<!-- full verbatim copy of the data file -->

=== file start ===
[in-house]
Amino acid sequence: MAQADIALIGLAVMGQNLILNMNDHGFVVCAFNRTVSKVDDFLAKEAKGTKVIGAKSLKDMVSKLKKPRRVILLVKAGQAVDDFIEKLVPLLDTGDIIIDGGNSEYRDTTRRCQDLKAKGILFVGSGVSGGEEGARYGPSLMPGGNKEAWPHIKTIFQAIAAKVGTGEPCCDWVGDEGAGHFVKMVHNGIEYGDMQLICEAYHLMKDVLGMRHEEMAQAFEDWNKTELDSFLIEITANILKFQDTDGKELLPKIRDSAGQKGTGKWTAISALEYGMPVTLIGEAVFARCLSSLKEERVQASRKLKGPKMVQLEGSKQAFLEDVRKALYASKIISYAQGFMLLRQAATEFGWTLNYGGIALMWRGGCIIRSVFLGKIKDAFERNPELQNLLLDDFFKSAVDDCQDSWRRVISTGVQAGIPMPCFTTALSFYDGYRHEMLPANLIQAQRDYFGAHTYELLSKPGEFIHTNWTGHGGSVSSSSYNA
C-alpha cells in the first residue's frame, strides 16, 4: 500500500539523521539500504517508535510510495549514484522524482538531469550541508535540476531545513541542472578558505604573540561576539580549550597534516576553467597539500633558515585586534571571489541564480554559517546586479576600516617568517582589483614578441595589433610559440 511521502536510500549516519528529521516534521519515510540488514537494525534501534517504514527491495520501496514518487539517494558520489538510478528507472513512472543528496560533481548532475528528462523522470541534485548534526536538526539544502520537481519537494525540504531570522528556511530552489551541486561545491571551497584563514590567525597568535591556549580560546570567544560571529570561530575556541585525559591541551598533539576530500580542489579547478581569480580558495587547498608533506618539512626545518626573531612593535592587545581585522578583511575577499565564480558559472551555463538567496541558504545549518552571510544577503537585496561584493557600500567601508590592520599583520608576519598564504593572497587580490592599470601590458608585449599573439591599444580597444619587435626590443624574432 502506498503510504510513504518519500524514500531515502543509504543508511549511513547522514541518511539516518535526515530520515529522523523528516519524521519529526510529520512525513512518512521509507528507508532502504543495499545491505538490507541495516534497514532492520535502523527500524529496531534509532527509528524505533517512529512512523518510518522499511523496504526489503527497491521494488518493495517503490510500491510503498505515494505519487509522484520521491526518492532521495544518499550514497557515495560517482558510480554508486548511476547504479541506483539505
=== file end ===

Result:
[in-house]
Amino acid sequence: MAQADIALIGLAVMGQNLILNMNDHGFVVCAFNRTVSKVDDFLAKEAKGTKVIGAKSLKDMVSKLKKPRRVILLVKAGQAVDDFIEKLVPLLDTGDIIIDGGNSEYRDTTRRCQDLKAKGILFVGSGVSGGEEGARYGPSLMPGGNKEAWPHIKTIFQAIAAKVGTGEPCCDWVGDEGAGHFVKMVHNGIEYGDMQLICEAYHLMKDVLGMRHEEMAQAFEDWNKTELDSFLIEITANILKFQDTDGKELLPKIRDSAGQKGTGKWTAISALEYGMPVTLIGEAVFARCLSSLKEERVQASRKLKGPKMVQLEGSKQAFLEDVRKALYASKIISYAQGFMLLRQAATEFGWTLNYGGIALMWRGGCIIRSVFLGKIKDAFERNPELQNLLLDDFFKSAVDDCQDSWRRVISTGVQAGIPMPCFTTALSFYDGYRHEMLPANLIQAQRDYFGAHTYELLSKPGEFIHTNWTGHGGSVSSSSYNA
C-alpha cells in the first residue's frame, strides 16, 4: 500500500539523521539500504517508535510510495549514484522524482538531469550541508535540476531545513541542472578558505604573540561576539580549550597534516576553467597539500633558515585586534571571489541564480554559517546586479576600516617568517582589483614578441595589433610559440 511521502536510500549516519528529521516534521519515510540488514537494525534501534517504514527491495520501496514518487539517494558520489538510478528507472513512472543528496560533481548532475528528462523522470541534485548534526536538526539544502520537481519537494525540504531570522528556511530552489551541486561545491571551497584563514590567525597568535591556549580560546570567544560571529570561530575556541585525559591541551598533539576530500580542489579547478581569480580558495587547498608533506618539512626545518626573531612593535592587545581585522578583511575577499565564480558559472551555463538567496541558504545549518552571510544577503537585496561584493557600500567601508590592520599583520608576519598564504593572497587580490592599470601590458608585449599573439591599444580597444619587435626590443624574432 502506498503510504510513504518519500524514500531515502543509504543508511549511513547522514541518511539516518535526515530520515529522523523528516519524521519529526510529520512525513512518512521509507528507508532502504543495499545491505538490507541495516534497514532492520535502523527500524529496531534509532527509528524505533517512529512512523518510518522499511523496504526489503527497491521494488518493495517503490510500491510503498505515494505519487509522484520521491526518492532521495544518499550514497557515495560517482558510480554508486548511476547504479541506483539505